Blue-Ringed Octopus. Genus: Hapalochlaena.
"The Blue-Ringed Octopus gets its name from its defense mechanism. If one of us is provoked, we turn yellow, and our spots pulse with brilliant blue rings. Muscular contractions in our skin stimulate layers of different pigment cells, which expand and contract to collectively change our color. While many cephalopods change their color to camouflage themselves, I change my color to warn predators. We can also manipulate the texture and shape of our skin for the same purposes.
Our blue rings are meant to tell predators that we’re poisonous and should be left alone. We aren’t bluffing– a type of bacteria that lives in our salivary glands produces a toxin that is thousands of times more poisonous than cyanide. This toxin is delivered by a bite from our sharp beak, which is designed for breaking down the crabs and small fish that we eat."
Mantis Shrimp. Order: Stomatopoda.
"The anterior legs of some species of Mantis Shrimp have been modified into powerful “boxing gloves,” which we use to crack open tasty hard-shelled prey, including small crabs and clams. The anterior legs of other species, however, are sharp claws, which we use to quickly spear or snag unsuspecting prey from within our dens. These claws are used on soft-bodied animals, such as small fish and small shrimp.
We are all able to move each of our eyes independently. Each eye has two pupils, instead of one, so each eye has binocular vision. This affords us excellent depth perception for striking at our prey. And in addition to the visible spectrum, we can also see infrared, ultraviolet, and polarized light, an ability that is useful for spotting transparent or camouflaged prey."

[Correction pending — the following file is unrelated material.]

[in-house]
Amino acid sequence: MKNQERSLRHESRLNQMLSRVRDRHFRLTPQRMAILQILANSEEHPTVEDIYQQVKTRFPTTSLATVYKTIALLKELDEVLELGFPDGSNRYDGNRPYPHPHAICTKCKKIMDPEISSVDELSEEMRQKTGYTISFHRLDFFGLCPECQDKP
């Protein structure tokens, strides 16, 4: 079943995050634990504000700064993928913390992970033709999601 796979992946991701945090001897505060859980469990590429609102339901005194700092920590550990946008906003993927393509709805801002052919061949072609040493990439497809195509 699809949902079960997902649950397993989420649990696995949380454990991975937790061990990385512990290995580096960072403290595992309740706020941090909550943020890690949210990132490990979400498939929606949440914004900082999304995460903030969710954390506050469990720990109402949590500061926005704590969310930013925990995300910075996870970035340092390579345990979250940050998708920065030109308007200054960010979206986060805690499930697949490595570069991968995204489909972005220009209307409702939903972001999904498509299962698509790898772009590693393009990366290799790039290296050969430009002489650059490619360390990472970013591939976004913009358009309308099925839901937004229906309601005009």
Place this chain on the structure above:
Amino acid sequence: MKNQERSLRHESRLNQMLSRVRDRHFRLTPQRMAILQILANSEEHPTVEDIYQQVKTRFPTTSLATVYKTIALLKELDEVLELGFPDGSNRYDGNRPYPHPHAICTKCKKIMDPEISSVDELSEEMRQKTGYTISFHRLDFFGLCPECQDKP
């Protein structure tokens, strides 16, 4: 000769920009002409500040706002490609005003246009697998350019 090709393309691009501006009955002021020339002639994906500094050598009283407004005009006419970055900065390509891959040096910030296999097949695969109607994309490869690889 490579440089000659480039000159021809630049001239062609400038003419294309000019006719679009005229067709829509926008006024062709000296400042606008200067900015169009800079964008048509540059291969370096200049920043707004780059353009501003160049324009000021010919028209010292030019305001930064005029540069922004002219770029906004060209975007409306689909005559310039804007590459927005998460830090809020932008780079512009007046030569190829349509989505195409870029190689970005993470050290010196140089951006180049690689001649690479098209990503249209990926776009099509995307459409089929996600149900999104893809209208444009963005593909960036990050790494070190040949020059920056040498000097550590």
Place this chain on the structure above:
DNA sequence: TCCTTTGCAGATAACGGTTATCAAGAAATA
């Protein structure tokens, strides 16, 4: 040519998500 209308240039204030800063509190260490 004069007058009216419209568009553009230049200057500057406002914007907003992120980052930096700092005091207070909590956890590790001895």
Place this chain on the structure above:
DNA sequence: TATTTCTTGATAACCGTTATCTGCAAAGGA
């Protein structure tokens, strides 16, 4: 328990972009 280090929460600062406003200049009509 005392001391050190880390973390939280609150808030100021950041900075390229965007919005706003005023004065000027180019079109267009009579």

Portuguese Man-of-War. Physalia physalis.
"The Portuguese Man-of-War is often mistaken for a jellyfish, but we are actually a floating colony of individual organisms called zooids. We have three varieties of zooids on board; one type specialized for paralyzing prey, one type for digestion, and another for reproduction. Atop the colony is a sail which we inflate with carbon monoxide and nitrogen to keep us afloat and to catch the wind.
- Our long tentacles are coated with nematocysts, specialized stinging cells for stunning prey. A barb is stored inside-out in a venom-filled chamber.
- When the cell’s trigger is tripped, the cell opens and the barb unfurls, firing a poisoned tether into our prey. Millions of stinging cells work together in this way to hold and paralyze prey.
Our tentacles expand and contract, rising up and down, to catch fish and other creatures, the Man-of-War’s principal prey. The immobilized prey is pulled up toward the sail where the colony’s gastrozooids spread over the victim to digest it."
The Flandrau Science Center and Planetarium of Tucson, AZ commissioned this suite of three illustrations for Toxicity and Other Amazing Adaptations, an exhibit highlighting the wide range of defense mechanisms in the animal kingdom. I had the pleasure of representing three very different invertebrates: the Blue-Ringed Octopus, the Mantis Shrimp, and the Portuguese Man O'War.
Graphite & Digital Media, 2012.